Crossing lines: make a green shift


In this year of elections – and hopefully welcome changes – look out for attempts by some to portray themselves as environmental champions. West Dorset MP Chris Loder has just trumpeted the steps being taken to introduce stricter regulation of the water treatment industry, including 4,000 water company inspections by the Environment Agency in order to ensure that our waterways ‘remain healthy’. But our rivers can hardly ‘remain’ healthy when only 14 per cent of them currently warrant ‘Good’ ecological status.
The Environment Agency has been so heavily de-funded by the government that it has simply not been able to monitor sewage discharges effectively: instead, the water industry has been allowed to ‘self-report’.
And those 4,000 inspections? They will need to cover the 22,000 sewage outflows which discharged sewage 370,000 times in 2021.
Also, they will be funded partly by DEFRA, but also by ‘water quality permit charges’ levied on water companies … which will presumably go straight onto our water bills.
North Dorset’s MP Simon Hoare recently claimed that he has ‘supported consistently the drive towards carbon neutral UK generated energy’. This is somewhat at odds with Simon’s parliamentary voting record which says he’s voted against financial support for low carbon electricity generation, and voted instead for the Climate Change Levy to be applied to renewable energy generation. Simon has also voted 16 times against measures to prevent climate change, versus four times for them. More often than not, he has also voted against improving environmental water quality and has voted against improving biodiversity. I’ll leave it there …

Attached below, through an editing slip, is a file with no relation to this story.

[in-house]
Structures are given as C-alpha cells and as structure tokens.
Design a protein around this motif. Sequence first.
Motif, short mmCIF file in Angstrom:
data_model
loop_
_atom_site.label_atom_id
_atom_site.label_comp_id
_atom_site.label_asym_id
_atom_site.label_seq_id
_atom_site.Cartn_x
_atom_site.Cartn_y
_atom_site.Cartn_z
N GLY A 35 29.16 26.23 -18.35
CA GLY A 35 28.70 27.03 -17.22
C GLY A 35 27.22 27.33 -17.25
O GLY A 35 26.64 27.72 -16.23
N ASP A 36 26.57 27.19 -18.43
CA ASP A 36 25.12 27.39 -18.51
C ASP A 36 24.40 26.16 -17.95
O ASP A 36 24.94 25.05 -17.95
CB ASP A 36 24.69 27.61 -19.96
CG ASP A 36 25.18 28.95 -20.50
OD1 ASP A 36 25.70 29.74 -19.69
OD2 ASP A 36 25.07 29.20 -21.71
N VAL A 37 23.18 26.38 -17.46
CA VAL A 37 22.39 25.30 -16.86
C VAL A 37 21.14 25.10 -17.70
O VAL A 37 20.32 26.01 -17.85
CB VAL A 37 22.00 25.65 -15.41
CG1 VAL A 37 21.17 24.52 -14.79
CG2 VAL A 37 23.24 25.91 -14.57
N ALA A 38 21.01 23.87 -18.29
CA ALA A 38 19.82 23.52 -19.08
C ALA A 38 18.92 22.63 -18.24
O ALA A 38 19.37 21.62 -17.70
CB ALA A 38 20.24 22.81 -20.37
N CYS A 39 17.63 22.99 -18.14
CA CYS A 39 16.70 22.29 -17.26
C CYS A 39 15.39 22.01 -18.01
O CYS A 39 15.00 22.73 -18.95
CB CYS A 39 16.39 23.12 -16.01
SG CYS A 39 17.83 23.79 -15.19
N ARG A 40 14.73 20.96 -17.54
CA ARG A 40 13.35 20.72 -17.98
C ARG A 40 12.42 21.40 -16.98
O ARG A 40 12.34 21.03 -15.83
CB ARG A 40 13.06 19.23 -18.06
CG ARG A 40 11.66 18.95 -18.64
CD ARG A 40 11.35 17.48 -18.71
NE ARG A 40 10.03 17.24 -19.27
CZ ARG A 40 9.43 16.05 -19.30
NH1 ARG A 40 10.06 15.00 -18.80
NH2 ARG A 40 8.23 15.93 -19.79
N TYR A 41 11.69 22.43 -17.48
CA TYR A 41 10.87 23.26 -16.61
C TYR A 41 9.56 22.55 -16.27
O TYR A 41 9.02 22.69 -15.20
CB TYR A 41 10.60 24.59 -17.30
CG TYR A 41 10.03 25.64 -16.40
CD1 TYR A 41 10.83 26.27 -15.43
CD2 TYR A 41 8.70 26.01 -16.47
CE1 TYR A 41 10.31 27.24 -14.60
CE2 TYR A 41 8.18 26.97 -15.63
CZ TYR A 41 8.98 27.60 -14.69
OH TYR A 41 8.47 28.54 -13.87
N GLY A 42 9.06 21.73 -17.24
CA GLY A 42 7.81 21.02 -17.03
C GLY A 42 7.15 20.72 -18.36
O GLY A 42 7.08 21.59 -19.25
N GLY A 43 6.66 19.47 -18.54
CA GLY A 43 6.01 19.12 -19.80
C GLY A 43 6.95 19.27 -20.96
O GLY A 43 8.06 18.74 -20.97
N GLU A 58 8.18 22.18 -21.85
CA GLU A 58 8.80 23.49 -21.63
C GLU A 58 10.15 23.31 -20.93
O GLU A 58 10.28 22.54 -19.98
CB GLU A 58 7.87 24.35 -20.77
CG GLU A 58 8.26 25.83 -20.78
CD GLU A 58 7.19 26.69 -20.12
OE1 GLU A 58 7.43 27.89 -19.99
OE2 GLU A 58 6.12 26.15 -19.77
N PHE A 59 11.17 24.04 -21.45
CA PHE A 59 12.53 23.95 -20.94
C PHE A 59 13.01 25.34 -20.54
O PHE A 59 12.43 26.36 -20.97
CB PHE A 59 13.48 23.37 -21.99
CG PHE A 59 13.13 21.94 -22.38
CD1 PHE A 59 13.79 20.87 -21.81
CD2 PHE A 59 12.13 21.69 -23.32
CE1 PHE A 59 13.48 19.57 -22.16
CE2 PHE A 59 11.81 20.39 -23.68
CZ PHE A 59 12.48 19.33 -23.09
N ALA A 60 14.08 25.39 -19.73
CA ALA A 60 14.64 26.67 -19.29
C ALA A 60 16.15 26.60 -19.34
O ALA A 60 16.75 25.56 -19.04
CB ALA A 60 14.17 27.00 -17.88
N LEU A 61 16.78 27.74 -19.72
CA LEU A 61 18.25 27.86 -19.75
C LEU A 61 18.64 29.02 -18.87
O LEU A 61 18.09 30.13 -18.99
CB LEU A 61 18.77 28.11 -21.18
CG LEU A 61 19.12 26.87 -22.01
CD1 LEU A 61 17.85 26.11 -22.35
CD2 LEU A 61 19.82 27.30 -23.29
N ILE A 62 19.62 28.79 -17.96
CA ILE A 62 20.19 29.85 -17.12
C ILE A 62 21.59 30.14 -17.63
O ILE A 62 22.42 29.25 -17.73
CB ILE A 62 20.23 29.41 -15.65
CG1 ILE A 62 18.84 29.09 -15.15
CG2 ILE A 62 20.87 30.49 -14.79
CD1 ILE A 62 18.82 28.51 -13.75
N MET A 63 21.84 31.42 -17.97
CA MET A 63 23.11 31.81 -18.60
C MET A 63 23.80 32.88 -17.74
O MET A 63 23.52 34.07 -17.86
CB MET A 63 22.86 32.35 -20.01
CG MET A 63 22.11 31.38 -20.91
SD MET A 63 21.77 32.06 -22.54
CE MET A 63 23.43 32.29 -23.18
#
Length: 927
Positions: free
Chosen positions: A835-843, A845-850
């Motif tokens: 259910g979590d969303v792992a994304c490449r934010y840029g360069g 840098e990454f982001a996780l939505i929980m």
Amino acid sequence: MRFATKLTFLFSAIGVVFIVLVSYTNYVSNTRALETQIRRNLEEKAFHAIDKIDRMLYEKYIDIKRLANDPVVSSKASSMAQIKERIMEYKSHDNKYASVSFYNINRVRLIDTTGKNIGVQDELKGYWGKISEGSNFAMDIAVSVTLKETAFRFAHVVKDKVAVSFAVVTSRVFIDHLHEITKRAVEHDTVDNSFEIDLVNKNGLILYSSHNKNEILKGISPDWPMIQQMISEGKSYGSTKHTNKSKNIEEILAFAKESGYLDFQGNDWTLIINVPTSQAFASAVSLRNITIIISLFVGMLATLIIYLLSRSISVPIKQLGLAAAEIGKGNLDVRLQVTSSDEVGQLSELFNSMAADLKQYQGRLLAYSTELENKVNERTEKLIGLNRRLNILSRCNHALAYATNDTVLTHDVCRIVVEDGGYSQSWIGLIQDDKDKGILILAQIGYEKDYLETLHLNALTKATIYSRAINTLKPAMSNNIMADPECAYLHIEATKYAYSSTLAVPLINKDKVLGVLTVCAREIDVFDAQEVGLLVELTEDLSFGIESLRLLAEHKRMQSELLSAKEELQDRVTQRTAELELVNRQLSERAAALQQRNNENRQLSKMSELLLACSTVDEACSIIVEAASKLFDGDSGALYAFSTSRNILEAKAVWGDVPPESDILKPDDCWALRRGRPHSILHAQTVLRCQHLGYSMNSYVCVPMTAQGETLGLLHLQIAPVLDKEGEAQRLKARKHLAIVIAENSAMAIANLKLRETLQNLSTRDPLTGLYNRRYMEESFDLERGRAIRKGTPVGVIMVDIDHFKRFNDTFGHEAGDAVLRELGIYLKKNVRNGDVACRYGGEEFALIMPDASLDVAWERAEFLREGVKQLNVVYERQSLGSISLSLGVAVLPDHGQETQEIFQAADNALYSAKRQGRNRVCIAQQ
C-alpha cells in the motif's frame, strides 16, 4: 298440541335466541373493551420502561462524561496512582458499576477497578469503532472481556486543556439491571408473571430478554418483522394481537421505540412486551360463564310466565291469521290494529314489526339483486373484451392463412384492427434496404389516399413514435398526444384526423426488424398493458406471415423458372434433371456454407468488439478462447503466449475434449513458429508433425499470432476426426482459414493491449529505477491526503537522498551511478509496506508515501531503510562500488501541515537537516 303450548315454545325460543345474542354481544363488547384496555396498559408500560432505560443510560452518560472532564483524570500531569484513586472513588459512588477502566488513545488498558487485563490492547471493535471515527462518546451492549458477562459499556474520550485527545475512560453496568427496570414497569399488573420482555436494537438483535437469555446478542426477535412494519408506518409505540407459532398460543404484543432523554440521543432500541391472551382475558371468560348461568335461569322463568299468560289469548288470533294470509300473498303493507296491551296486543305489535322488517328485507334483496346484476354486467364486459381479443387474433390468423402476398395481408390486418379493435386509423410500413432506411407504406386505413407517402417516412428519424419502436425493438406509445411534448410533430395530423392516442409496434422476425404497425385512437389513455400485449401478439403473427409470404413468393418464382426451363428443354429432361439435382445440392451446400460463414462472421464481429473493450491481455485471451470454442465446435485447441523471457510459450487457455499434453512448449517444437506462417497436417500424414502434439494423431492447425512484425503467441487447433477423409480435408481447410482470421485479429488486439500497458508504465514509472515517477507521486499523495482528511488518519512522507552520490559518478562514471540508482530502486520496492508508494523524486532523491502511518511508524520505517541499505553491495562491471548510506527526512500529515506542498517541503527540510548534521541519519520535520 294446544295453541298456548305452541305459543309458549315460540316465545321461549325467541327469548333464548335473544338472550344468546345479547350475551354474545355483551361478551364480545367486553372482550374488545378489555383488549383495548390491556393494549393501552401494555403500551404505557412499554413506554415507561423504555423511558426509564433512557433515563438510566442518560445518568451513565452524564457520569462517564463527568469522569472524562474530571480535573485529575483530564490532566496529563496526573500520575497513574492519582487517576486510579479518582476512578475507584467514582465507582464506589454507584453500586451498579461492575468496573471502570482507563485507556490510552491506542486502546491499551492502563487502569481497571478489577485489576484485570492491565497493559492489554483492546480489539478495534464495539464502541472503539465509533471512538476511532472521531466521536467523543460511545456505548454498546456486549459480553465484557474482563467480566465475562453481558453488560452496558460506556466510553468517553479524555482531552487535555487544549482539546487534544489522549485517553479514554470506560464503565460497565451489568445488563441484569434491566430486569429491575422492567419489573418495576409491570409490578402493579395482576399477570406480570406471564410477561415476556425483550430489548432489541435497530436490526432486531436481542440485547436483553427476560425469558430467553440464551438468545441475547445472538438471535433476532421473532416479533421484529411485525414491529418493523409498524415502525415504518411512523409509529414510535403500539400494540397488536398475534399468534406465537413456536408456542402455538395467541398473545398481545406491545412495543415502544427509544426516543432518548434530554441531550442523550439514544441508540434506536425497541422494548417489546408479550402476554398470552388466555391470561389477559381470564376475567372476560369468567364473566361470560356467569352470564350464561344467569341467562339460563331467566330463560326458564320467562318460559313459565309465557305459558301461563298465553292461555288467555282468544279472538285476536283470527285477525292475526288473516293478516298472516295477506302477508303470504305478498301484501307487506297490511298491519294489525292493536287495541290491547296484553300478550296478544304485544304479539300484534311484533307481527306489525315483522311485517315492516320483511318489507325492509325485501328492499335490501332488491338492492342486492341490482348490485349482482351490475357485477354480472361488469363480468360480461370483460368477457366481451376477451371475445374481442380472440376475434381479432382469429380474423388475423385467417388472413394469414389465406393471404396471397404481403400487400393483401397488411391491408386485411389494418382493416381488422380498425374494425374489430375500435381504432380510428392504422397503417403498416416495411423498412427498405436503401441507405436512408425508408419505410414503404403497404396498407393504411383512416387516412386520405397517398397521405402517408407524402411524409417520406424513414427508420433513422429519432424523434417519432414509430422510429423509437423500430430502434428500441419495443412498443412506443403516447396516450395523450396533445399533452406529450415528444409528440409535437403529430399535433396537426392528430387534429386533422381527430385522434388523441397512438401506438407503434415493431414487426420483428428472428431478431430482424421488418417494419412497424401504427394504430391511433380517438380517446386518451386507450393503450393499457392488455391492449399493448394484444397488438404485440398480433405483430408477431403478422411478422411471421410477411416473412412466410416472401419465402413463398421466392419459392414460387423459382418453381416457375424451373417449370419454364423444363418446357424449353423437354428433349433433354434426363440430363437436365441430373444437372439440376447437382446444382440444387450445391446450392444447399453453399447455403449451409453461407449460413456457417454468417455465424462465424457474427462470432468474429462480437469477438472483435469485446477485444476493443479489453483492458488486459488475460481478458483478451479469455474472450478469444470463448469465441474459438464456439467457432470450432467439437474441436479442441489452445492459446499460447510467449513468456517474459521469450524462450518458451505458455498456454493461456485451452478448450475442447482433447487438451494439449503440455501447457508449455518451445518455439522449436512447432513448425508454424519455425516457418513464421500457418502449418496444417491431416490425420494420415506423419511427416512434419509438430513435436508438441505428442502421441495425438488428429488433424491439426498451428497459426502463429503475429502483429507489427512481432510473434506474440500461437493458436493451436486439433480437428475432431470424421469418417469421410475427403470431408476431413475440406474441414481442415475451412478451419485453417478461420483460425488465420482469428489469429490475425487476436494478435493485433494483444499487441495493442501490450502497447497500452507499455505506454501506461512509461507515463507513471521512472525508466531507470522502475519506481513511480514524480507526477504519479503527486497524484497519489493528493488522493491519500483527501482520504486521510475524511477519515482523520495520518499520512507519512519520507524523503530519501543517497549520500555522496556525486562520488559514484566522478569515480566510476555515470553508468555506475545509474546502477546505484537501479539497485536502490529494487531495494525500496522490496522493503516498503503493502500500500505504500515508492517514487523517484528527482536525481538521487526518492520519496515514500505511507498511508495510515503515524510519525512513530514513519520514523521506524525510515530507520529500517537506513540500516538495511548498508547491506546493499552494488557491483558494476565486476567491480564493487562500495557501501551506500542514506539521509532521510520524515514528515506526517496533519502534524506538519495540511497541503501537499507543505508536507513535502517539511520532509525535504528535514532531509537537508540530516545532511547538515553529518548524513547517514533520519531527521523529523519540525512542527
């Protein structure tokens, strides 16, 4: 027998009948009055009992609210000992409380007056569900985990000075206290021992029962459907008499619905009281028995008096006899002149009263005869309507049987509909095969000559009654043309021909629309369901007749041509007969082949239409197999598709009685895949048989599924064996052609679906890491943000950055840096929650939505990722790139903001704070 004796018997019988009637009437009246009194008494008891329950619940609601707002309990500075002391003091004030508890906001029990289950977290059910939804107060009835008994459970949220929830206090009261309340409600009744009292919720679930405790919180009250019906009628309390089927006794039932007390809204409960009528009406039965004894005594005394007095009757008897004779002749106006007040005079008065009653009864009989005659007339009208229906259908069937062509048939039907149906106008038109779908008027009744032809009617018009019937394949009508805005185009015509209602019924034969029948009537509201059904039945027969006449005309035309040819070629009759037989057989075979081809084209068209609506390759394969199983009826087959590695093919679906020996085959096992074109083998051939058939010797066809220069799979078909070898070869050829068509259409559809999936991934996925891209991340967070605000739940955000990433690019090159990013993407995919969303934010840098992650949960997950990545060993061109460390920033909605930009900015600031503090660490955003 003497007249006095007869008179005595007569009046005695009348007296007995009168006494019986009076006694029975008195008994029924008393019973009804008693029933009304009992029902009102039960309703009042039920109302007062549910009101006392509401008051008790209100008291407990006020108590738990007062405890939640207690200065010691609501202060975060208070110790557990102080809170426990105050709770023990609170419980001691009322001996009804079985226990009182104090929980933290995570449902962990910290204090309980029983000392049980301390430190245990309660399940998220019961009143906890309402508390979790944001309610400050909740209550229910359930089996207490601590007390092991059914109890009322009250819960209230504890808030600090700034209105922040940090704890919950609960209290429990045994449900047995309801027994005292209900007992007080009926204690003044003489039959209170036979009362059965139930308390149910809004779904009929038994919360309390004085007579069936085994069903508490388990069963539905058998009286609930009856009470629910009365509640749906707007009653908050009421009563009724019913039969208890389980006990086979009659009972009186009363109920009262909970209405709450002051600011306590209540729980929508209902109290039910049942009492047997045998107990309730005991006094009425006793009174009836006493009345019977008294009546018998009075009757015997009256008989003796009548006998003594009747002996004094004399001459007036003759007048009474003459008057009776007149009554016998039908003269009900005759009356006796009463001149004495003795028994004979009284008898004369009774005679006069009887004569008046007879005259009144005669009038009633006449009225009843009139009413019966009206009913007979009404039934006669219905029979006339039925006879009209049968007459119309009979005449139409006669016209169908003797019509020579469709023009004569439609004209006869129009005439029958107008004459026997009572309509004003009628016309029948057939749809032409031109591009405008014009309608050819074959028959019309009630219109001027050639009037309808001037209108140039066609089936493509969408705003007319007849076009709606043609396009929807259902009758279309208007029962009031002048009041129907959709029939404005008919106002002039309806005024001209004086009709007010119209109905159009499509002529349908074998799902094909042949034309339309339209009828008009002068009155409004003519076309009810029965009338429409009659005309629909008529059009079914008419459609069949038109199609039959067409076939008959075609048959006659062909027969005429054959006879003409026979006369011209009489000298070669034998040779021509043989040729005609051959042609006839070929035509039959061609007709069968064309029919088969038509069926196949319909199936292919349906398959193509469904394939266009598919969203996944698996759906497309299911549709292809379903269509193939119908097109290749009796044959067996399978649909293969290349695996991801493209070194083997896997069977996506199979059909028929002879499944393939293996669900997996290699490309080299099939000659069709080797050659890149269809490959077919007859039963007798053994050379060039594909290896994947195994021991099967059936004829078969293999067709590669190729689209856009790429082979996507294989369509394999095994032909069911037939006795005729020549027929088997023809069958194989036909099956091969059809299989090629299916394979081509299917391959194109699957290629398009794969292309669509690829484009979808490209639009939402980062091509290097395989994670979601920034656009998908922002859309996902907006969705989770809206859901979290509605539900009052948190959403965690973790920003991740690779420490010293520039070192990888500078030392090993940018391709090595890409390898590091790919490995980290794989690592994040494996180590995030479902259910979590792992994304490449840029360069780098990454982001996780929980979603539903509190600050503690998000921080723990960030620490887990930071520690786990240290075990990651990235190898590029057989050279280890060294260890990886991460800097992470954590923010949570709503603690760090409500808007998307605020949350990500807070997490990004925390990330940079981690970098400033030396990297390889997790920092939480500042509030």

There is a national campaign called Project Climate Vote which has active groups in the South West, including Dorset. Although the campaign was launched by Greenpeace, not everyone involved is a member, or even an environmental activist. They are simply reaching out to voters to ask if they will include climate change and the environment among their top priorities when deciding who to vote for. I have personally found that joining with others to do something positive helps me to cope with the relentless tide of bad environmental news. If this appeals to you, then search for Project Climate Vote on Greenpeace’s website and join in. You’ll meet nice people.
Ken Huggins
North Dorset Green Party


Please enter your comment!
Please enter your name here

Share post:

More like this

140,000 children in England with no home

he number of households in temporary accommodation in England...

Double the sewage, triple the stink

This article is published on the day that Dorset...

Election reflections

From campaign trails to optimistic tales: MP Simon Hoare...

Dorset Council’s housing policies: failing local people

It’s a known fact that 40% of Dorset’s population...